5 “Buddhist” – 佛系 (Fú xì)

C. M. Clark

simplified Chinese: 佛系; pinyin: Fú xì



Fú xì is a buzzword in Chinese pop culture, referring to young people who distance themselves from the competitiveness and workaholism of the modern Chinese economy. Younger Chinese people who take up this mindset are sometimes called Generation Zen.


The term has its origins in a Japanese magazine called Non-no. There, it was used to refer to a more extreme form of the grass-eater or herbivore man, a Japanese pop culture term for men who showed little to no interest in interacting romantically with women. The term blew up on Chinese social media after the WeChat account Xin Shixiang published an article referring to “the first group of post-90s generation that have become monks.”


Though not an actual Buddhist practice, the term is couched in Buddhist terminology to place an emphasis on achieving contentment by letting go of attachment to ephemeral things. As a result, the lifestyle these people advocate for and follow is relatively Laissez-faire, though not in the capitalist sense. In fact, many of the market-driven aspects of the modern Chinese economy have created the conditions that make the Buddha-like mindset so attractive.


Young Chinese citizens born and living in the mainland now face economic challenges previous generations simply didn’t have to contend with. The government’s one-child policy places extreme pressure on students and young professionals to succeed from a very early age. As far as forming relationships with the opposite sex goes, the disproportionate ratio between men and women makes forging romantic relationships difficult for both sides. The urban generation born after the institution of the one-child policy (between 1980 and 1989) entrenched themselves so firmly in the business world that many members of the younger generations perceive social mobility as an illusion. As a result, they drop out of the rat race.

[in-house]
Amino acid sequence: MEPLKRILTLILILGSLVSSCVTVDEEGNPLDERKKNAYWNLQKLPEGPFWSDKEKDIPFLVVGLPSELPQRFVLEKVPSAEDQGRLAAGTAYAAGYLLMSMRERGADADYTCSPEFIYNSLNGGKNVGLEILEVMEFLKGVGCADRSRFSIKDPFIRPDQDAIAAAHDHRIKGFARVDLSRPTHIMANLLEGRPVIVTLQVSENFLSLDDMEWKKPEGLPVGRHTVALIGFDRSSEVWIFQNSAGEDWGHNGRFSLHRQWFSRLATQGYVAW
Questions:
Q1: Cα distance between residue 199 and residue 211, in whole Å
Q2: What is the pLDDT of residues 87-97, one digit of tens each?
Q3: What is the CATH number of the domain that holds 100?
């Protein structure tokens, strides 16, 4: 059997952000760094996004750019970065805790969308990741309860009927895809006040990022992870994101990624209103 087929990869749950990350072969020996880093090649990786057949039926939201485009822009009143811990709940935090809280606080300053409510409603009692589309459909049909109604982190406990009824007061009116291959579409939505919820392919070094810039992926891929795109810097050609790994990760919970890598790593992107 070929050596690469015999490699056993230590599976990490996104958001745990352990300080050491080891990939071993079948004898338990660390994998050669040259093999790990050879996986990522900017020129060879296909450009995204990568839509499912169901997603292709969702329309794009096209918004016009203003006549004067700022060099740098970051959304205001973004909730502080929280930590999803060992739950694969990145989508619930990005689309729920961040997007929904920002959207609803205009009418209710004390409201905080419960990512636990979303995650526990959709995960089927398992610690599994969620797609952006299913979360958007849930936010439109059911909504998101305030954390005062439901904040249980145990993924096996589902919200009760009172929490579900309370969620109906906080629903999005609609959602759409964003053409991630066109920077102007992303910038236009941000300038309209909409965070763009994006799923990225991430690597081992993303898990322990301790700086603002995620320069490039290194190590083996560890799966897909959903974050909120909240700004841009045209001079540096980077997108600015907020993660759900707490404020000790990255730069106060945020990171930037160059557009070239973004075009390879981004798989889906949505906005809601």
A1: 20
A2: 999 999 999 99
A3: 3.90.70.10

Younger citizens of Hong Kong currently face a similar plight to their mainland counterparts. In addition to all of the previously mentioned problems, the issue of the city-state’s sovereignty and the CCP’s encroachment upon its democratic institutions poses an existential threat to the city as we know it today. With so many protesters rounded up during crackdowns and imprisoned indefinitely, the youth of Hong Kong can hardly be blamed for feeling their situation hopeless. Combined with a ludicrously expensive housing market and a median income that can’t keep up, many young Hong Kongers have taken up the fo xi lifestyle.


The Buddha-like mindset as it is known to the Chinese is fascinating because despite being couched in the terminology of Buddhism and Chinese culture, the mindset is one being adopted by young adults the world over. The growing apathy for participation in economic and political aspects of life reflects a lack of faith in society’s current direction and a refusal to pour blood, sweat, and tears into a system that no longer provides for one’s needs. Though potentially frightening, perhaps a large enough number of people with the same mindset could gather the traction needed to institute the desired changes, in China and elsewhere.



“Chinese Youth Adopt ‘Buddha-like’ Mindset in Face of Modern Pressures.” Chinadaily.com.cn, March 14, 2018. https://www.chinadaily.com.cn/a/201803/14/WS5aa9420ca3106e7dcc141abd.html.

Kingdom, Magpie. “#6: Why Chinese Millennials Are Trying to Be More ‘Buddha-Like.’” Medium, January 25, 2018. https://medium.com/magpie-digest/buddha-like-millennials-12cdb1758e25.


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"Buddhist" - 佛系 (Fú xì) Copyright © 2024 by C. M. Clark is licensed under a Creative Commons Attribution 4.0 International License, except where otherwise noted.

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